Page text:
Fri, 22 Dec 2000

West Java falls short in tourism designs

By Yuli Tri Suwarni

BANDUNG (JP): With implementation of regional autonomy looming in 2001, West Java tourist businesses are still experiencing problems concerning their tourist attractions and infrastructure.

While other provinces are already recording their potential tourist attractions to be promoted, West Java has yet to develop a clear proposal. Still, the head of the West Java Tourism Bureau, Memet Handam, has targeted that in 2002 West Java will be visited by 25 million domestic tourists and one million overseas tourists.

The potential is undoubtedly there. A buffer area for Jakarta, West Java is resplendent in its diversity, with the mountain resorts of Puncak, Selanbintana, northern and southern Bandung, plus the Bogor Botanical Gardens and Taman Indonesia Indah safari park combined with stunning coastline.

According to data from 1999 from West Java's Tourist Bureau, the province has 387 tourist attractions, including 210 nature tourism sites, 122 cultural attractions and 55 special places of interest. The attractions are run by the government, state corporations and state regional corporations, the private sectors and village administrators. Unfortunately, 63 sites are without management.

The impact of the monetary crisis has been felt by local tourism businesses. Chairman of the West Java chapter of the Indonesian Hotel and Restaurant Association H.S. Hermawan said that foreign tourists staying in hotels or using other accommodation facilities numbered 366,980 in 1999, a decrease of 1.68 percent from the 373,256 in 1998. Likewise, the total domestic tourists staying in hotels also declined; in 1998 there were 5,870,833, but in 1999 the number slumped to 4,784,212, a decrease of 18.5 percent.

"The number of tourists decreased because it was said security in Indonesia was unstable," Hermawan said. Although West Java is known as a safe region, tourists are afraid of coming to West Java because they must land in turmoil-filled Jakarta. Some foreign governments even forbade their citizens to visit Indonesia."

But since January 2000 West Java's hotel and restaurant industries have shown better development. From early last year hotel occupancy, which earlier ranged from 20 percent to 30 percent, has risen sharply. Public relations manager of Bandung's Preanger hotel, Dian Zulkarnain, disclosed that since January this year the hotel's occupancy has consistently been higher than 50 percent.

According to 1999 data from the West Java tourist office, there are 135 star-rated hotels, with 11,175 rooms and 1,021 non- star hotels with 21,459 rooms.


Tourist businesses expect that in 2001 West Java's administration will have a clear framework to develop tourist attractions, or else it will be left behind by other provinces.

The chairman of West Java's Association of Tourist Travel Bureaus, Yachya Machmud, said his group's main complaint was the centralization of most tourist activities in Bandung.

"We have difficulty in promoting other areas beyond Bandung city except for famous places like Pangandaran. The problem is the provincial administration lacks enthusiasm in developing its regional potential," he said.

PT Aerowisata's operational and marketing director Toto K. Sugiarto, said the centralization of tourist activities in Bandung could be a boomerang for businesses.

"Visitors coming to Bandung, who only find traffic jams and are incapable of enjoying its beautiful views, will gradually have no desire to go to Bandung," said Toto.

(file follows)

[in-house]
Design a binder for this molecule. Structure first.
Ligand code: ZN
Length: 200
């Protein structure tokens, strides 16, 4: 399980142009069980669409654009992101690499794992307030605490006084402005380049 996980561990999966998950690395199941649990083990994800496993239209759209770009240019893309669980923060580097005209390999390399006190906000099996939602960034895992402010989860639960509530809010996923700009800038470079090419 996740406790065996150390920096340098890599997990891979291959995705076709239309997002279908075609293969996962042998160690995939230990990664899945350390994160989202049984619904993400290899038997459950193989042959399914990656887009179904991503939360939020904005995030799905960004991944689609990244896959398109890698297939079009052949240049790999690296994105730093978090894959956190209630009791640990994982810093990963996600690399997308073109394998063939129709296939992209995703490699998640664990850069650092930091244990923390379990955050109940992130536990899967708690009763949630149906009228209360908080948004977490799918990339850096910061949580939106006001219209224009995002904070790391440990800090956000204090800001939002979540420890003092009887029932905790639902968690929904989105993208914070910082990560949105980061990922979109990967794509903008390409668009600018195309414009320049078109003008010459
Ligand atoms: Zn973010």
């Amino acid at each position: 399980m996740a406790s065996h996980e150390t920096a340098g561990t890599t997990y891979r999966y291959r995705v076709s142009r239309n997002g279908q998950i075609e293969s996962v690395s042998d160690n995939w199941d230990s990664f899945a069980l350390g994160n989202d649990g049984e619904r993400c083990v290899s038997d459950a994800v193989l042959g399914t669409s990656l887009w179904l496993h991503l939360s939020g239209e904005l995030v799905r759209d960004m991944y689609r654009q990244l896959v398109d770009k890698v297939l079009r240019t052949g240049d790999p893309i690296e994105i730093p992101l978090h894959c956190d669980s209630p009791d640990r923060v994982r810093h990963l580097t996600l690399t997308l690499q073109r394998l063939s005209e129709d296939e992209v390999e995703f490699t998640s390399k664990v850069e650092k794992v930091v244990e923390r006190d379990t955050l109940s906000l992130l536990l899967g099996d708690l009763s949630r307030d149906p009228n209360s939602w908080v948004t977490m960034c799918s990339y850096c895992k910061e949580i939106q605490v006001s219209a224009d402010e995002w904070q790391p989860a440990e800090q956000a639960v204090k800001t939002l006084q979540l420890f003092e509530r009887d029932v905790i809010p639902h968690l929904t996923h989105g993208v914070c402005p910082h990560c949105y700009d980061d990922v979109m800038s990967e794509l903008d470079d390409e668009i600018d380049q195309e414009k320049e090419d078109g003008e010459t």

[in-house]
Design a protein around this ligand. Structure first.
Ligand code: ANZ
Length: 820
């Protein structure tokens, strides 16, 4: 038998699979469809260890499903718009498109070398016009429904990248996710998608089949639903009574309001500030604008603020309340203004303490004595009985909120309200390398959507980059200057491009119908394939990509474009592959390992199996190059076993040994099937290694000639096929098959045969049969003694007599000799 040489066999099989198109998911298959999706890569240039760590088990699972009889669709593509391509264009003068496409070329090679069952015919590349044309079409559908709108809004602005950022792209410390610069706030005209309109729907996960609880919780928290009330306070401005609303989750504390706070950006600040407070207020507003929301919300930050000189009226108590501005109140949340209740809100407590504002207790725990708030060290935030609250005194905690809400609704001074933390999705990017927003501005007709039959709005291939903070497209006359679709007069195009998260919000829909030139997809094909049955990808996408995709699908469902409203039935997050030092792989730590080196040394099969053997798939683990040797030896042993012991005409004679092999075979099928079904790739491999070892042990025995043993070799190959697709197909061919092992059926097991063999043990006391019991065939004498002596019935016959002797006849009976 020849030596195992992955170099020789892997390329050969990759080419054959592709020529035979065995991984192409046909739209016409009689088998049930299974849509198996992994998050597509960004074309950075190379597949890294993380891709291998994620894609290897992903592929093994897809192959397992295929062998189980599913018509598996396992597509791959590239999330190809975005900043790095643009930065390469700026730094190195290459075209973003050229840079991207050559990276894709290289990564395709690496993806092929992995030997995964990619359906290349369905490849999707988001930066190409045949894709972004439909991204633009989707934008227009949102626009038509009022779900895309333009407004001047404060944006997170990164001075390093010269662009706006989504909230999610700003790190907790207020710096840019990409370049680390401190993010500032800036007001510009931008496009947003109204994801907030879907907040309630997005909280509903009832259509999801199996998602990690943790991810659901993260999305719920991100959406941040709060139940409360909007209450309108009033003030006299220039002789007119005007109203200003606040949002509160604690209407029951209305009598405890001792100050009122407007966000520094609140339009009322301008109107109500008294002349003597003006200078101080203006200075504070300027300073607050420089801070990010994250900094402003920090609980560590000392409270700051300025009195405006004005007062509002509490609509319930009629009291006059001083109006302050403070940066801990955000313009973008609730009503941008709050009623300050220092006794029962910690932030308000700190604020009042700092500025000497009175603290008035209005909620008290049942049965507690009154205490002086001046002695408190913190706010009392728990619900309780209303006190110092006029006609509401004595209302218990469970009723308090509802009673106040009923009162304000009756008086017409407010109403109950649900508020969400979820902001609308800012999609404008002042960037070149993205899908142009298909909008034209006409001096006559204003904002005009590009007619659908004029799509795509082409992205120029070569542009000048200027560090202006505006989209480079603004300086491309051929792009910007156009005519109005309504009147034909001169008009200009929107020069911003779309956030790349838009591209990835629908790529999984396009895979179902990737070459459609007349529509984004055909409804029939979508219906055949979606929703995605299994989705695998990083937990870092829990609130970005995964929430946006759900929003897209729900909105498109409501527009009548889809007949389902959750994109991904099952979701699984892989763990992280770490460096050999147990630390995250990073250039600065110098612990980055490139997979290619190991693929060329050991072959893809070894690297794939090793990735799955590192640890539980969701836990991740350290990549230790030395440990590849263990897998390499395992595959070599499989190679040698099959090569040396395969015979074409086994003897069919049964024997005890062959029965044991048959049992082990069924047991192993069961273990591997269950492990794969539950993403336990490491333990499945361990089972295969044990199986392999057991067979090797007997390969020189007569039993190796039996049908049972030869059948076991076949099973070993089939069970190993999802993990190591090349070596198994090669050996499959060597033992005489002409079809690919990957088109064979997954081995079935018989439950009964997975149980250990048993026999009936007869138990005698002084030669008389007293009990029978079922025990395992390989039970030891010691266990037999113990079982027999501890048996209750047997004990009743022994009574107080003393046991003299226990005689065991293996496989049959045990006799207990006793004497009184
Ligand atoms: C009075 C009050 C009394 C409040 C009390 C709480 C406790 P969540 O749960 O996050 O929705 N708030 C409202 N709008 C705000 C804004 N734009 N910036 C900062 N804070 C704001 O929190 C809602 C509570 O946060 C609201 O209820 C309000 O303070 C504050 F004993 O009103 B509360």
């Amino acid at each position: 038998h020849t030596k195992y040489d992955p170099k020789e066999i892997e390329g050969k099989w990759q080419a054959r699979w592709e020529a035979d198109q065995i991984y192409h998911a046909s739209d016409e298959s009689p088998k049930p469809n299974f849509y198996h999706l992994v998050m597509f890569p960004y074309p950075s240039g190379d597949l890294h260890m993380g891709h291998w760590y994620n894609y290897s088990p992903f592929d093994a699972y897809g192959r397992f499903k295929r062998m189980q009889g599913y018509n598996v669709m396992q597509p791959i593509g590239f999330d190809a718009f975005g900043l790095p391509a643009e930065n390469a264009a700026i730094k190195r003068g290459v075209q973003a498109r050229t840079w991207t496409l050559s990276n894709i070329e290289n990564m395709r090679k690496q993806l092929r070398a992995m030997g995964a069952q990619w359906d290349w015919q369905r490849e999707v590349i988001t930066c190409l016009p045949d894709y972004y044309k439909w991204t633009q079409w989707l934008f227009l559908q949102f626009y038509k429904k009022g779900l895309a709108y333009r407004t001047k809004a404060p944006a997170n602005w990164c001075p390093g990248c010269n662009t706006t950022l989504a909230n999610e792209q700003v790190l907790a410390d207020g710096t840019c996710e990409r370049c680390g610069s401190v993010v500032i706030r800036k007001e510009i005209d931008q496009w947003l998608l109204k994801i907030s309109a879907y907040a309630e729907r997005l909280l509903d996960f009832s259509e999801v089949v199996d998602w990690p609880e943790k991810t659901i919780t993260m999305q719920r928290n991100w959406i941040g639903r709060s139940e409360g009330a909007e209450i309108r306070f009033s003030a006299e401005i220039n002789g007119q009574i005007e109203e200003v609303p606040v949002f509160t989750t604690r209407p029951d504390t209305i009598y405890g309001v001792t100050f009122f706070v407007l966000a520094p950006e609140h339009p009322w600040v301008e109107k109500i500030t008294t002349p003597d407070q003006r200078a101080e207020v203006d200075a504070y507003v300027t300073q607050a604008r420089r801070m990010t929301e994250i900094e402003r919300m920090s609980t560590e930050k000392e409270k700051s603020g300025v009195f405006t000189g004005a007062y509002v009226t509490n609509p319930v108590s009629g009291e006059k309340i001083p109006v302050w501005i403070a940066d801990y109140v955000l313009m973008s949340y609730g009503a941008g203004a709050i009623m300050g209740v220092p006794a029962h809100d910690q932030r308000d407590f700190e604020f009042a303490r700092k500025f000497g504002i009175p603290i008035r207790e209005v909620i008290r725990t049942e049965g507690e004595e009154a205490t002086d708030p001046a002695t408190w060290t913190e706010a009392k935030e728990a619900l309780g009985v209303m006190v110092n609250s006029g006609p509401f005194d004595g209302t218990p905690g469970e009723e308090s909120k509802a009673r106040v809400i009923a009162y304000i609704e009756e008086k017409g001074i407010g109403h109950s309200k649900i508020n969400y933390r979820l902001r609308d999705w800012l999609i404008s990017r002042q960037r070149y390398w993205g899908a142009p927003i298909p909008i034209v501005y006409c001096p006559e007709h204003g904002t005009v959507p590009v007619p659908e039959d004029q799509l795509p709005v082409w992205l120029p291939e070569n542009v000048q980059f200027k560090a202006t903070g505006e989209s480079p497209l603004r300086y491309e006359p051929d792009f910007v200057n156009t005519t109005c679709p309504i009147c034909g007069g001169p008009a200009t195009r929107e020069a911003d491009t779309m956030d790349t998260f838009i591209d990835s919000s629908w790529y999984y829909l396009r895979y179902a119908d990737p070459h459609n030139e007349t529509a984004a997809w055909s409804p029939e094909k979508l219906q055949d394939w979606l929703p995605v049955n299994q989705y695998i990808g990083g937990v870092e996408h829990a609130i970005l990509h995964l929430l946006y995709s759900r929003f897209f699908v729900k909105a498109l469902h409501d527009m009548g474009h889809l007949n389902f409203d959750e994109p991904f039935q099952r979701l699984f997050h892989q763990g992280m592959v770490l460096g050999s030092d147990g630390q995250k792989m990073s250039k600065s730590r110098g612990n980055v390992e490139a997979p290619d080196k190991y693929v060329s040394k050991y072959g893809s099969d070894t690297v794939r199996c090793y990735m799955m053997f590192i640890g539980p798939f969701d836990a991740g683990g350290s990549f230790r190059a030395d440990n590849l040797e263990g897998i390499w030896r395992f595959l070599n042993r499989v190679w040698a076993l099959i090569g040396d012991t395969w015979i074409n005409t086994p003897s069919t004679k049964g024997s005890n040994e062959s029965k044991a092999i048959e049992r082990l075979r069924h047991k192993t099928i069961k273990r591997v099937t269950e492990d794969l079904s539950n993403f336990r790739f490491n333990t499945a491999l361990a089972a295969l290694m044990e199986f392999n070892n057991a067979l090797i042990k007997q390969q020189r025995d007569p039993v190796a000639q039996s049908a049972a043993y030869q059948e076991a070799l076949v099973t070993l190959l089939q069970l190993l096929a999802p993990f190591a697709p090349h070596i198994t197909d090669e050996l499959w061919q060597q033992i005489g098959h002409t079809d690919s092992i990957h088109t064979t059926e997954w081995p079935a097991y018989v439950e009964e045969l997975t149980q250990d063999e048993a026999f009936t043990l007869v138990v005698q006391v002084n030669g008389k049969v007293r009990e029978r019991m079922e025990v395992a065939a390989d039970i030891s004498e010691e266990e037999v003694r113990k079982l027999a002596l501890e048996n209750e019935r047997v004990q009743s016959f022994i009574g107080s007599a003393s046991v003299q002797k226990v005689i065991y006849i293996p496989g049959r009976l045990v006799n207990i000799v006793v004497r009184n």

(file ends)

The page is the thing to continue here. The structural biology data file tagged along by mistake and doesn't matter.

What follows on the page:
The lackadaisickal West Java administration must soon improve its tourist attractions outside Bandung if it does not want to lose its fundamental regional income. In 1999 West Java's tourist sector contributed at least Rp 72,065,301,312 to the regional treasury, which was a decrease of 0.6 percent over the year before.

The province also has to take into account the loss of Banten to autonomy; according to the tourist office, among 1999's most visited sites, it was first, with more than 2.5 million tourists taking the sights of old Banten.

The second and third favorite most visited places were the Sari Ater hot springs and Bogor Botanical Gardens, each with 1.1 million visitors. Pagandaran beach, once very popular in the area, recorded 990,000 visitors, and Tangkuban Perahu had 491,000.

Tourism insiders say the main obstacle to developing the areas is a lack of access to the places of interest.

For example, development of Rancabuaya, 100 km from Bandung, has been stalled by a very poor road. This is despite the fact it is near a beautiful area of coastline, its waves are ideal for surfing and the fast-flowing rivers have potential for rafting activities.

Yachya said it would not be difficult for West Java's administration to upgrade and organize its tourist areas because it is a prime source of manpower.

Another problem is the mismanagement of natural tourist sites. According to Hermawan, the general impression of tourists to West Java is that almost all tourist programs are unprofessionally managed.

"Tourist attractions seem to show up as malnutritiously fed milch cows because of their managerial incapability, and the local administration tends to avoid taking responsibility."

A concrete example is Pangandaran beach, which has lost is former luster. The shore is dirty, and the glut of vendors detracts from its beautiful views.

However, well-organized sites like Subang's Sari Ater hot springs and Taman Safari continue to attract visitors.

"Because of the comfort enjoyed by these visitors, normally they have a good impression of the attractions, so they have a desire to come again," said Hermawan.